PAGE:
The deck is a regular Painter’s Stone deck, but it is going to name blue with Painter’s Servant because not only does it jam a full complement of maindeck Red Elemental Blast, it also runs a singleton Jaya Ballard, Task Mage to really smoke blue stuff.
Another wacky addition to the deck? That’s right, Chandra, Pyromaster. The little planeswalker that couldn’t is actually
right at home a house in a format with so many x/1 creatures.
In the finals against Eric Rill, he seemed like a strong favorite to win, and probably would have easily if not for Eric drawing an improbable three Dazes and one Force of Will by turn three. Game two was actually miserable for Rill as Chandra was potent enough to make him scoop them up early. Young Pyromancer, unflipped Delver, Dark Confidant–all were like chaff before the wind.
Is Chandra a good buy at $10? It’s hard to say right now. What I will say is that, at least in Reuben’s deck, the card over-performed.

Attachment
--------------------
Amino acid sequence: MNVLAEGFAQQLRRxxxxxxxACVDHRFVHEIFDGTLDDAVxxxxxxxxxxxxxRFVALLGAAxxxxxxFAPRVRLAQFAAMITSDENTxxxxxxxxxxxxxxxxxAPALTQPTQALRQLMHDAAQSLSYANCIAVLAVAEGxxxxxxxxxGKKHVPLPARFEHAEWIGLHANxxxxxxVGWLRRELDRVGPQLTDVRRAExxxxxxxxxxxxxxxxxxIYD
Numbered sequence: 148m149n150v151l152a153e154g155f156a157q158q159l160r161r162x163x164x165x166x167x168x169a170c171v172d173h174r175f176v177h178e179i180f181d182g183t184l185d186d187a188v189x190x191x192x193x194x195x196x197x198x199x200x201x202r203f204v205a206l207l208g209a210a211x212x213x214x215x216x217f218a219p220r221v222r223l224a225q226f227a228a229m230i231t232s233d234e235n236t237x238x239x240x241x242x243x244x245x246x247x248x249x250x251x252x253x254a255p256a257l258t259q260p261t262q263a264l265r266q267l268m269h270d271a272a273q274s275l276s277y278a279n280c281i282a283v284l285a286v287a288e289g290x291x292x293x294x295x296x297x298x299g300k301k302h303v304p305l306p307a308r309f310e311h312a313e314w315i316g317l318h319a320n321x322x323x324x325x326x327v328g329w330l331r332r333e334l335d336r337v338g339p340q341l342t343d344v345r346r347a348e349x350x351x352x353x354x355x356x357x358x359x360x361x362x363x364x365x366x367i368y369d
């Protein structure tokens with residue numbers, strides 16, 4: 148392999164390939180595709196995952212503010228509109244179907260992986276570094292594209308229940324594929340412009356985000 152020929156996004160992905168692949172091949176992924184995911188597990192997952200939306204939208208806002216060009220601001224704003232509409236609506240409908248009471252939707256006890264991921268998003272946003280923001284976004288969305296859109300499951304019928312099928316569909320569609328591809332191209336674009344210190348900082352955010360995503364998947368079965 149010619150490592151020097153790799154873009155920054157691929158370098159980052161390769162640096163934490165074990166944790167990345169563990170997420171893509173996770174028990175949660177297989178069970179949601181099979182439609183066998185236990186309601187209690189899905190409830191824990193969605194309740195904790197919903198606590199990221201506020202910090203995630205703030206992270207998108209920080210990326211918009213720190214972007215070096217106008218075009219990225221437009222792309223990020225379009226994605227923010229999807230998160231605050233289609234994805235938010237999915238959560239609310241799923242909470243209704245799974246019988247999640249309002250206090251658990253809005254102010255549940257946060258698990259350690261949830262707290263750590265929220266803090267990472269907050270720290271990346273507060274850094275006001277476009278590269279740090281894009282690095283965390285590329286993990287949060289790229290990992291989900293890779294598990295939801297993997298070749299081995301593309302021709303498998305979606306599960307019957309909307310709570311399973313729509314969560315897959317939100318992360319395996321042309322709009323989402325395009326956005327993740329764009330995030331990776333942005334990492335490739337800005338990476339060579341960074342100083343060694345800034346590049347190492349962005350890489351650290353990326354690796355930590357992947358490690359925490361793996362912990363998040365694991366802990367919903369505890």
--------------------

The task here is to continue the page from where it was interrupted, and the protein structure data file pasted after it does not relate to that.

What’s more, it over-performed on camera. When I tuned in to the finals there were 6,000 pairs of eyes on the match. You can bet this card stands a decent chance of going up in the next few days, so watch it. It’s not great in Standard, but casual appeal coupled with how strong it appears in the current Legacy metagame could buoy the price significantly.
I only like to speculate on cards that have the potential to double in case I have to out extra copies to a buylist, but if I am going to be selling these for $17 on TCG Player in a month, I’d prefer to have paid $4 rather than $9. I’m not going to say “buy” yet, but I will say “watch” because that’s what I’m doing. Anytime a card performs well on camera at an Open, you can bet there will be movement irrespective of whether the card has wider appeal outside of that one deck.
What beat Reuben’s Chandra, and his face? a Grixis Delver deck with Young Pyromancer–a card many didn’t expect to see Legacy play despite how obviously bonkers it was in Vintage.
Enough of this, let’s actually just launch into the event wrap-up formally.